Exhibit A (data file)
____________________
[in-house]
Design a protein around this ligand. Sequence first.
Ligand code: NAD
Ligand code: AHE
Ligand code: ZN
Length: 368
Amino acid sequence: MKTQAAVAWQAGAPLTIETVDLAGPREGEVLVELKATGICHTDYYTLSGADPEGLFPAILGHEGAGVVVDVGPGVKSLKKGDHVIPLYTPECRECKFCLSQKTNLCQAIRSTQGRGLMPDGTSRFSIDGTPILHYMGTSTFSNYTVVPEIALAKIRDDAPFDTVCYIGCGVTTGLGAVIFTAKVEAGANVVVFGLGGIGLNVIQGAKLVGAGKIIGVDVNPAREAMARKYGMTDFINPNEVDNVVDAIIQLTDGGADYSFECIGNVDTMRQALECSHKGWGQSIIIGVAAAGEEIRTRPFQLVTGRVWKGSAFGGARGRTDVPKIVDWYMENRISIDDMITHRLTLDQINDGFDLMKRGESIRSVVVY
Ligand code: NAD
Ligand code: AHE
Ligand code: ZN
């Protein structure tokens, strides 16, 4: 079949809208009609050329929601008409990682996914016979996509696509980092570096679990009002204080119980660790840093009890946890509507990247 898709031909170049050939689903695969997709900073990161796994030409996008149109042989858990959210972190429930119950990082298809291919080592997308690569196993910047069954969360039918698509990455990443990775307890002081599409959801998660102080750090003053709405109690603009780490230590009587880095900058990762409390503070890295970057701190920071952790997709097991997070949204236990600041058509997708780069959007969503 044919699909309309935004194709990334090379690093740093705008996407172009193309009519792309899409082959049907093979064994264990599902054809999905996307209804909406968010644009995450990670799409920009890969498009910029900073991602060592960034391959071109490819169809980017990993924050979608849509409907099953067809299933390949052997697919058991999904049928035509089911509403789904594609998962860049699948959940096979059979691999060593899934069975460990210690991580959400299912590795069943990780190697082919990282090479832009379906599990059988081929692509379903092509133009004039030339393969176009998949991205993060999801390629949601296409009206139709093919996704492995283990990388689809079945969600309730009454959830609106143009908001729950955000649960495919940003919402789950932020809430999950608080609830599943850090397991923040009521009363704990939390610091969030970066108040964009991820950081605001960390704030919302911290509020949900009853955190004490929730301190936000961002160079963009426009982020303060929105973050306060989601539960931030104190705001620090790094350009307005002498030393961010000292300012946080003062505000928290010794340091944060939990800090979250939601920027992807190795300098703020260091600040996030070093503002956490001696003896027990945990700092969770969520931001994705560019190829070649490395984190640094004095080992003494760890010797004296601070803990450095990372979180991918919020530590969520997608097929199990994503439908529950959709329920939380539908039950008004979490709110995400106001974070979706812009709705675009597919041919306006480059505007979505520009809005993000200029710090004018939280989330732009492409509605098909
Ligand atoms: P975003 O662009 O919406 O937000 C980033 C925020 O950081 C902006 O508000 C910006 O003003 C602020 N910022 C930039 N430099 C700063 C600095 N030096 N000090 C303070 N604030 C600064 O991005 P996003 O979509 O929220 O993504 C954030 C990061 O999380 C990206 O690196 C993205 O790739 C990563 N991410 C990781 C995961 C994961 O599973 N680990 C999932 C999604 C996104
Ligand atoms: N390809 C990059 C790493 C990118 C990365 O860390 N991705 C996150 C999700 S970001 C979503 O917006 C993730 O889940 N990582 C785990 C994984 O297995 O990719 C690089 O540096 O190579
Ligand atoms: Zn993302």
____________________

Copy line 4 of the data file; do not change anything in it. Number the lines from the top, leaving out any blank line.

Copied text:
Ligand code: AHE